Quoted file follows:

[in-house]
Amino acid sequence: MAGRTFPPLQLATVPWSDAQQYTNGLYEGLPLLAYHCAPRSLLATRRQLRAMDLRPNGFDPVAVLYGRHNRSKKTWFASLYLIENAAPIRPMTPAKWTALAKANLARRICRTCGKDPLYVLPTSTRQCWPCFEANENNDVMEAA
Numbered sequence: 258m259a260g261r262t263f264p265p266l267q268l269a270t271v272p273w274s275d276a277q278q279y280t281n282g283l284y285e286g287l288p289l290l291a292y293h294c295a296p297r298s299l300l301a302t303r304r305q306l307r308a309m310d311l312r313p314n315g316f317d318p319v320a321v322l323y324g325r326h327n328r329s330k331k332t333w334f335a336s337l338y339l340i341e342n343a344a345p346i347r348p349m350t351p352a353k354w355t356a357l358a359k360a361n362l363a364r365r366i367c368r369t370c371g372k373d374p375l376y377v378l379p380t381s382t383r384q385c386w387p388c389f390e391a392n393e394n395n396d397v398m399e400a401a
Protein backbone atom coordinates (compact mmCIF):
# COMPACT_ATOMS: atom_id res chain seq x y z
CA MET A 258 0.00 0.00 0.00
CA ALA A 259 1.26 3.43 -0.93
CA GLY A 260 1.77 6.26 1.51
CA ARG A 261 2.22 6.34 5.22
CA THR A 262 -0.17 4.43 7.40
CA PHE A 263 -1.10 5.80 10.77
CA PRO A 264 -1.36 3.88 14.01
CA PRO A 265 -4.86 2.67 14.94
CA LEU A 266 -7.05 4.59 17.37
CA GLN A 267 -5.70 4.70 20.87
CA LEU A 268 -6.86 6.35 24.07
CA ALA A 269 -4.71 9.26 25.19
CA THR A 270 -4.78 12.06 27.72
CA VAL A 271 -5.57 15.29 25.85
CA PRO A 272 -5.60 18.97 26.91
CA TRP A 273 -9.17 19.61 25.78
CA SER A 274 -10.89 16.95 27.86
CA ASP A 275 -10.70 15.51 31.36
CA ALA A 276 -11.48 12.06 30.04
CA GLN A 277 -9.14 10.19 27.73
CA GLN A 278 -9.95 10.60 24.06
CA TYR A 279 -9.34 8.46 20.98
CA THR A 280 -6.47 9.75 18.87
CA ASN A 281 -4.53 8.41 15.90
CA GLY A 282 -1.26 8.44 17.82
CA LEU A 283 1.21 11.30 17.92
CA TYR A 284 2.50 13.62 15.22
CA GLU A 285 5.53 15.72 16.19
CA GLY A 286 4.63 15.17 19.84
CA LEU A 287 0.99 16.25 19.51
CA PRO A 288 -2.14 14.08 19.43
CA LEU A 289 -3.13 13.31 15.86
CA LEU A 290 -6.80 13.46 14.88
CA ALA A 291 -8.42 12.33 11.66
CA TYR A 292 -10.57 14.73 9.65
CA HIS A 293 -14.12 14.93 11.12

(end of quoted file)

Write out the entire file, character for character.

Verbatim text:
[in-house]
Amino acid sequence: MAGRTFPPLQLATVPWSDAQQYTNGLYEGLPLLAYHCAPRSLLATRRQLRAMDLRPNGFDPVAVLYGRHNRSKKTWFASLYLIENAAPIRPMTPAKWTALAKANLARRICRTCGKDPLYVLPTSTRQCWPCFEANENNDVMEAA
Numbered sequence: 258m259a260g261r262t263f264p265p266l267q268l269a270t271v272p273w274s275d276a277q278q279y280t281n282g283l284y285e286g287l288p289l290l291a292y293h294c295a296p297r298s299l300l301a302t303r304r305q306l307r308a309m310d311l312r313p314n315g316f317d318p319v320a321v322l323y324g325r326h327n328r329s330k331k332t333w334f335a336s337l338y339l340i341e342n343a344a345p346i347r348p349m350t351p352a353k354w355t356a357l358a359k360a361n362l363a364r365r366i367c368r369t370c371g372k373d374p375l376y377v378l379p380t381s382t383r384q385c386w387p388c389f390e391a392n393e394n395n396d397v398m399e400a401a
Protein backbone atom coordinates (compact mmCIF):
# COMPACT_ATOMS: atom_id res chain seq x y z
CA MET A 258 0.00 0.00 0.00
CA ALA A 259 1.26 3.43 -0.93
CA GLY A 260 1.77 6.26 1.51
CA ARG A 261 2.22 6.34 5.22
CA THR A 262 -0.17 4.43 7.40
CA PHE A 263 -1.10 5.80 10.77
CA PRO A 264 -1.36 3.88 14.01
CA PRO A 265 -4.86 2.67 14.94
CA LEU A 266 -7.05 4.59 17.37
CA GLN A 267 -5.70 4.70 20.87
CA LEU A 268 -6.86 6.35 24.07
CA ALA A 269 -4.71 9.26 25.19
CA THR A 270 -4.78 12.06 27.72
CA VAL A 271 -5.57 15.29 25.85
CA PRO A 272 -5.60 18.97 26.91
CA TRP A 273 -9.17 19.61 25.78
CA SER A 274 -10.89 16.95 27.86
CA ASP A 275 -10.70 15.51 31.36
CA ALA A 276 -11.48 12.06 30.04
CA GLN A 277 -9.14 10.19 27.73
CA GLN A 278 -9.95 10.60 24.06
CA TYR A 279 -9.34 8.46 20.98
CA THR A 280 -6.47 9.75 18.87
CA ASN A 281 -4.53 8.41 15.90
CA GLY A 282 -1.26 8.44 17.82
CA LEU A 283 1.21 11.30 17.92
CA TYR A 284 2.50 13.62 15.22
CA GLU A 285 5.53 15.72 16.19
CA GLY A 286 4.63 15.17 19.84
CA LEU A 287 0.99 16.25 19.51
CA PRO A 288 -2.14 14.08 19.43
CA LEU A 289 -3.13 13.31 15.86
CA LEU A 290 -6.80 13.46 14.88
CA ALA A 291 -8.42 12.33 11.66
CA TYR A 292 -10.57 14.73 9.65
CA HIS A 293 -14.12 14.93 11.12